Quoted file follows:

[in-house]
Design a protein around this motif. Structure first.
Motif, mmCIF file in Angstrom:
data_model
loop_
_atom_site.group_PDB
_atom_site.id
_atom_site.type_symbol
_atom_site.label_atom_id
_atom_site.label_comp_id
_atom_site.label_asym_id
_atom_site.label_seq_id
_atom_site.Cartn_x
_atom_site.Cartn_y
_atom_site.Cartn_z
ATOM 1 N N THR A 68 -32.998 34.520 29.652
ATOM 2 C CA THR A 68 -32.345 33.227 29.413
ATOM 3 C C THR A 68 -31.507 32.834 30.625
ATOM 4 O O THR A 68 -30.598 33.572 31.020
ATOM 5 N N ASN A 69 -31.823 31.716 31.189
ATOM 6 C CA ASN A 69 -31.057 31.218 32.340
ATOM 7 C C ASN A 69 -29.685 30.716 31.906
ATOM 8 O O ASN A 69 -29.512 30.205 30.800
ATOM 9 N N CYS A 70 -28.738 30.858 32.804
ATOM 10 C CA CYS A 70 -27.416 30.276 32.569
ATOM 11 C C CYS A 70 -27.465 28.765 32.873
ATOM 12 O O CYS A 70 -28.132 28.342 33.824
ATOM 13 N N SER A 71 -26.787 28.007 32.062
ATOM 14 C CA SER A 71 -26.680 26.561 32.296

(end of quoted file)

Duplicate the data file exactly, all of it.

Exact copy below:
[in-house]
Design a protein around this motif. Structure first.
Motif, mmCIF file in Angstrom:
data_model
loop_
_atom_site.group_PDB
_atom_site.id
_atom_site.type_symbol
_atom_site.label_atom_id
_atom_site.label_comp_id
_atom_site.label_asym_id
_atom_site.label_seq_id
_atom_site.Cartn_x
_atom_site.Cartn_y
_atom_site.Cartn_z
ATOM 1 N N THR A 68 -32.998 34.520 29.652
ATOM 2 C CA THR A 68 -32.345 33.227 29.413
ATOM 3 C C THR A 68 -31.507 32.834 30.625
ATOM 4 O O THR A 68 -30.598 33.572 31.020
ATOM 5 N N ASN A 69 -31.823 31.716 31.189
ATOM 6 C CA ASN A 69 -31.057 31.218 32.340
ATOM 7 C C ASN A 69 -29.685 30.716 31.906
ATOM 8 O O ASN A 69 -29.512 30.205 30.800
ATOM 9 N N CYS A 70 -28.738 30.858 32.804
ATOM 10 C CA CYS A 70 -27.416 30.276 32.569
ATOM 11 C C CYS A 70 -27.465 28.765 32.873
ATOM 12 O O CYS A 70 -28.132 28.342 33.824
ATOM 13 N N SER A 71 -26.787 28.007 32.062
ATOM 14 C CA SER A 71 -26.680 26.561 32.296